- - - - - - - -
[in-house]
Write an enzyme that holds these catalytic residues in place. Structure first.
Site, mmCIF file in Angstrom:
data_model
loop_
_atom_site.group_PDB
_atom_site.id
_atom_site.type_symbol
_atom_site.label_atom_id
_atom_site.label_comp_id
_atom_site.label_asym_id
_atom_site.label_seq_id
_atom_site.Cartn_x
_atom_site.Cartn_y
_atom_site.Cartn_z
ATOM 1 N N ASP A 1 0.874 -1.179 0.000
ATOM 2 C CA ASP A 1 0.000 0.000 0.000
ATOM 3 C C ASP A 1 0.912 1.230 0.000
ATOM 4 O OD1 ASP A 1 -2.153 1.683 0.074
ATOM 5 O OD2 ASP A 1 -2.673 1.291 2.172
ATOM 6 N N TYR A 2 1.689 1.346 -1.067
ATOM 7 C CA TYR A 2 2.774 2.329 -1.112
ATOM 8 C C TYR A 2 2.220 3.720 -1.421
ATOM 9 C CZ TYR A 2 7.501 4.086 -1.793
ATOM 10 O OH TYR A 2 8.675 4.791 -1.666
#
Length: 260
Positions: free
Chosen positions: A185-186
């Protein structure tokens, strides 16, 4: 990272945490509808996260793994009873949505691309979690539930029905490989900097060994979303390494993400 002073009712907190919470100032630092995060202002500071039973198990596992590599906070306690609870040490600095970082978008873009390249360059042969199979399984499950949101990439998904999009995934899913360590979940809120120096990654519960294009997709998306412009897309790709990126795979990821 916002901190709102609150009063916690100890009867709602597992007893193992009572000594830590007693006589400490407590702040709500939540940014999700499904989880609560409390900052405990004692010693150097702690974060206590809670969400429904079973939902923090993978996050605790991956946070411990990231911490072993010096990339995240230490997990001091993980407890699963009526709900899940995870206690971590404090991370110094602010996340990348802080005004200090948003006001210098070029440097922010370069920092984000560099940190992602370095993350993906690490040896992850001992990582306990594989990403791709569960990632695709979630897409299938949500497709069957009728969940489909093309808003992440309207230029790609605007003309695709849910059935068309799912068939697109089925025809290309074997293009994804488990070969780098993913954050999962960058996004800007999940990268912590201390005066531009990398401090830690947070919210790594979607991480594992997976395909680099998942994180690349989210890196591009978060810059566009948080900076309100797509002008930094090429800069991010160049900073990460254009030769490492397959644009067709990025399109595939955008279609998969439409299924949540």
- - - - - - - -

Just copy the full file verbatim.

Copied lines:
[in-house]
Write an enzyme that holds these catalytic residues in place. Structure first.
Site, mmCIF file in Angstrom:
data_model
loop_
_atom_site.group_PDB
_atom_site.id
_atom_site.type_symbol
_atom_site.label_atom_id
_atom_site.label_comp_id
_atom_site.label_asym_id
_atom_site.label_seq_id
_atom_site.Cartn_x
_atom_site.Cartn_y
_atom_site.Cartn_z
ATOM 1 N N ASP A 1 0.874 -1.179 0.000
ATOM 2 C CA ASP A 1 0.000 0.000 0.000
ATOM 3 C C ASP A 1 0.912 1.230 0.000
ATOM 4 O OD1 ASP A 1 -2.153 1.683 0.074
ATOM 5 O OD2 ASP A 1 -2.673 1.291 2.172
ATOM 6 N N TYR A 2 1.689 1.346 -1.067
ATOM 7 C CA TYR A 2 2.774 2.329 -1.112
ATOM 8 C C TYR A 2 2.220 3.720 -1.421
ATOM 9 C CZ TYR A 2 7.501 4.086 -1.793
ATOM 10 O OH TYR A 2 8.675 4.791 -1.666
#
Length: 260
Positions: free
Chosen positions: A185-186
């Protein structure tokens, strides 16, 4: 990272945490509808996260793994009873949505691309979690539930029905490989900097060994979303390494993400 002073009712907190919470100032630092995060202002500071039973198990596992590599906070306690609870040490600095970082978008873009390249360059042969199979399984499950949101990439998904999009995934899913360590979940809120120096990654519960294009997709998306412009897309790709990126795979990821 916002901190709102609150009063916690100890009867709602597992007893193992009572000594830590007693006589400490407590702040709500939540940014999700499904989880609560409390900052405990004692010693150097702690974060206590809670969400429904079973939902923090993978996050605790991956946070411990990231911490072993010096990339995240230490997990001091993980407890699963009526709900899940995870206690971590404090991370110094602010996340990348802080005004200090948003006001210098070029440097922010370069920092984000560099940190992602370095993350993906690490040896992850001992990582306990594989990403791709569960990632695709979630897409299938949500497709069957009728969940489909093309808003992440309207230029790609605007003309695709849910059935068309799912068939697109089925025809290309074997293009994804488990070969780098993913954050999962960058996004800007999940990268912590201390005066531009990398401090830690947070919210790594979607991480594992997976395909680099998942994180690349989210890196591009978060810059566009948080900076309100797509002008930094090429800069991010160049900073990460254009030769490492397959644009067709990025399109595939955008279609998969439409299924949540």